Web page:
• A Greatest Hits Mixtape Of A Fading Superstar…Khan goes from age 8 to 70 in an awkward, episodic narrative that tips its hat to his transformation from Prem to Chulbul to Tiger

  • India’s Most Wanted is a tragic waste of its source material. A real-life chase demanded the bare-knuckled Paul Greengrass, Kathryn Bigelow or Delhi Crime treatment. The feasibility of the story itself is the film. But the language it uses – that of Kabir Khan and Neeraj Pandey spy/action dramas – is more suited to the fetishization of a make-believe genre. Almost as if the director doesn’t trust us to understand that capturing terrorists is not a mundane 9-to-5 job. This, however, does sort of explain the coming-of-age soundtrack. Forget finding the bad guys; I hope they found themselves.

  • A Crude Social Comedy With A Man Problem …The film starring Ajay Devgn and Tabu as a divorced couple isn’t a very thoughtful ‘social comedy’

  • SOTY2 can be described as a parody of Main Hoon Na, which itself was a parody of every desi college-campus movie ever made; a parody of a parody is called…reality

  • The Film Is Consumed By Its Commitment To Beauty And Boredom…The film decorates, pauses, gasps, whispers, sighs, romanticizes and ultimately chokes on its own derived sense of (slam) poetry

  • A Second-Hand History Lesson In Third-Rate Politics…

  • A Decent Kashmir Premise Undone By Its Desire To Be Heard…No Fathers In Kashmir is scripted smartly but the execution is a bit muddled, almost as if the director decides to compromise his awareness in favour of on-the-nose activist filmmaking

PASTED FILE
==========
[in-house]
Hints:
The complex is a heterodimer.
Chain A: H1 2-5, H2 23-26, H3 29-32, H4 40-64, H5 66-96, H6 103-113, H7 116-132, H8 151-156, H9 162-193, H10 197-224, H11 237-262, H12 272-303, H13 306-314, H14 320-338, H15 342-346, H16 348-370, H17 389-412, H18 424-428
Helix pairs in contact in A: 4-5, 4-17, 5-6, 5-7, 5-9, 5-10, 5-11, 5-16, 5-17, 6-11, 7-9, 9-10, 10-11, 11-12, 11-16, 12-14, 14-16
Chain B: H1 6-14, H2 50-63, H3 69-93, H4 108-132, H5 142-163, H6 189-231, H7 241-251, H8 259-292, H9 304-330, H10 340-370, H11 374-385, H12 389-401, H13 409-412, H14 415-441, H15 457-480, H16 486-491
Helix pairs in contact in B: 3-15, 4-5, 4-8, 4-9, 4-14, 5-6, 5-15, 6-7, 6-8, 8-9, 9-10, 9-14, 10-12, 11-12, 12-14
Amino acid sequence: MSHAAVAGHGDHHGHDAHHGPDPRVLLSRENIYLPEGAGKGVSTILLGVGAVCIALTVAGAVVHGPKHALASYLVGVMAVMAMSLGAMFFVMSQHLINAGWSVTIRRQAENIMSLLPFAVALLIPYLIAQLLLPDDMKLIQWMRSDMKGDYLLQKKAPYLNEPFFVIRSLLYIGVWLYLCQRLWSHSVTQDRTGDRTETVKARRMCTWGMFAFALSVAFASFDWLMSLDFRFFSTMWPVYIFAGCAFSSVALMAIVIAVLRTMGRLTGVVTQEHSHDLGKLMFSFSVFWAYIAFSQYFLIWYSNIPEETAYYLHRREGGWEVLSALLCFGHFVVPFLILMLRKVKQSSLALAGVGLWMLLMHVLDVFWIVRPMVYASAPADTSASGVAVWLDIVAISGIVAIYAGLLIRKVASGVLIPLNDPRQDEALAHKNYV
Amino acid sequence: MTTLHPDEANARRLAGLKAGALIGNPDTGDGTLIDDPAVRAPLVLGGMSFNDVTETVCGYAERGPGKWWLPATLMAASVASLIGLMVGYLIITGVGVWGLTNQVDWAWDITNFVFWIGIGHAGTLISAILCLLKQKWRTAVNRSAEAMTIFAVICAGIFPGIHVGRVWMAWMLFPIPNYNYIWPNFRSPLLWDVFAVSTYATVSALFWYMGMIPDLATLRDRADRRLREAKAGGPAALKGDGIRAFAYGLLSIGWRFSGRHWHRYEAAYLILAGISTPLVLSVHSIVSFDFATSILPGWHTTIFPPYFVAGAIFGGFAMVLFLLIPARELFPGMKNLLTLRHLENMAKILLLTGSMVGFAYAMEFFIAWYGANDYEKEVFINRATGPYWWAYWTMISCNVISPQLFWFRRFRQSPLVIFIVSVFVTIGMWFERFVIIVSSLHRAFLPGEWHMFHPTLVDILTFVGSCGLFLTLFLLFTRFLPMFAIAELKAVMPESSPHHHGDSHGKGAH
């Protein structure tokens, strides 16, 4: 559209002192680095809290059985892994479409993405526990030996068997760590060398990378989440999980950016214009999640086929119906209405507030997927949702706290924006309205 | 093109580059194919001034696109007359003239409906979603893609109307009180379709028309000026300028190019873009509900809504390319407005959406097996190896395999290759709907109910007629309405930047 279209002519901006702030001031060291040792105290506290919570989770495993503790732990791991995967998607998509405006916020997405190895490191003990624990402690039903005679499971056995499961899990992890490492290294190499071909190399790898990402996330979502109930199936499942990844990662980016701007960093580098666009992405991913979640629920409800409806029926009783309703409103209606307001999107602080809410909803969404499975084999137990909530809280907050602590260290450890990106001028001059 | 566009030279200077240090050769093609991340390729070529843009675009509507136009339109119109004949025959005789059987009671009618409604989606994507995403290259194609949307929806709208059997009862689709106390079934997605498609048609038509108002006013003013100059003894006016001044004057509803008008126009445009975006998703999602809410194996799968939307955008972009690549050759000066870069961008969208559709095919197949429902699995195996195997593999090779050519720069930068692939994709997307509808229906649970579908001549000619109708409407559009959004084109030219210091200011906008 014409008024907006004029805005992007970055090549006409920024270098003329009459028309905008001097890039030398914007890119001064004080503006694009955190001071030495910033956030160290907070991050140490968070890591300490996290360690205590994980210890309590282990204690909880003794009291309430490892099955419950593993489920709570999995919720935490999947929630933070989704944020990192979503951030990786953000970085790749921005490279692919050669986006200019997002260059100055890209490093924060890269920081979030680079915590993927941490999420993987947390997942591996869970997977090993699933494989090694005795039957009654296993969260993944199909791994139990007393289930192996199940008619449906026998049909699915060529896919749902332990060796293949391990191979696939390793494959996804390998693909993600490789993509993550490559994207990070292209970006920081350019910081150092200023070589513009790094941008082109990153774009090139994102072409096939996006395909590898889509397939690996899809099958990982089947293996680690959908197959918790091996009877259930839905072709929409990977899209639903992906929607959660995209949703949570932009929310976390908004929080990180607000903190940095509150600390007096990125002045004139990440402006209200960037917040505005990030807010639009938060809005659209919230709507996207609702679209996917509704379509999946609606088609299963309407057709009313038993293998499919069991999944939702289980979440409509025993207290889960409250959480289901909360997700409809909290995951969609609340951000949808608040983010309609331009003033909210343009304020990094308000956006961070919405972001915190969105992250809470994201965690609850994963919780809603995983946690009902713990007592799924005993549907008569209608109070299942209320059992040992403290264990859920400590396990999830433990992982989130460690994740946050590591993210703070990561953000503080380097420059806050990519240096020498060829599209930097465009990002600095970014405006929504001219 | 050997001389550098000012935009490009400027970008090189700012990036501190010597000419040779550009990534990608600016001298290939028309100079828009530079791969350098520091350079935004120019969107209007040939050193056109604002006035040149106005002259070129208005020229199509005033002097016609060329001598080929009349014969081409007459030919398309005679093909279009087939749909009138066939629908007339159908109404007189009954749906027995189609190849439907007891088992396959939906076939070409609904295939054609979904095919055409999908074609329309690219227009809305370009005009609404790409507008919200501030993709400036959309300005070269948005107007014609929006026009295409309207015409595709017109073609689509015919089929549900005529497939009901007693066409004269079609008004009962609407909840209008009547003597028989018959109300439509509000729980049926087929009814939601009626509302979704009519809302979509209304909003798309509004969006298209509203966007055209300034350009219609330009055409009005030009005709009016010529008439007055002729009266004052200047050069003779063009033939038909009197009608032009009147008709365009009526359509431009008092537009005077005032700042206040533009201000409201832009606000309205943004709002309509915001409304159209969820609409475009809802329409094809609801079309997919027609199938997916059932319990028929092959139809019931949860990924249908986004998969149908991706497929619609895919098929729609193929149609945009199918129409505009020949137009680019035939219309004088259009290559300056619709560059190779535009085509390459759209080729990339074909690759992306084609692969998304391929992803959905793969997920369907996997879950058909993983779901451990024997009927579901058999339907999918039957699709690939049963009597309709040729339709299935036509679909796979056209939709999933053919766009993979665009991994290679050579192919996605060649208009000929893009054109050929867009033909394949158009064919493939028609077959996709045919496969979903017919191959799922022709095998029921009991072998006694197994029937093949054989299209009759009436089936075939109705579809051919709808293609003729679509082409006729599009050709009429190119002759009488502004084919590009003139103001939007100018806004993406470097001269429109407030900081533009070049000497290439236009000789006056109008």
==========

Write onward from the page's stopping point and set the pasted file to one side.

• RAW never really examines its main character’s obvious identity crisis and his conflict of faith – partly due to the actor’s limited abilities, but mostly due to the mood of our times

  • For a director whose breakthrough film centered on a woman out for revenge under the ruse of impending motherhood, Badla remains forcibly consistent to this oeuvre of maternal rage. Only, it focuses on the other side of the kahaani, which is why you can see the strings and the puppeteers running the show. Making something – or someone, in this case – look better than it is maybe an art, but it is clearly a dying one.

  • I dozed off during one of the “hysterical” situations involving a temple and a beard (don’t ask), and woke up only to realize that everyone in the frame was still…speaking. Monsieur Aaryan was quiet, bruised, stunned, hands on head, oblivious to the noisy characters around him. At this point he looked like the existential protagonist of a social message drama about an abusive marriage between film critics and their rants about cash-grabbing comedies. That would explain the beard. And the tattered clothes.

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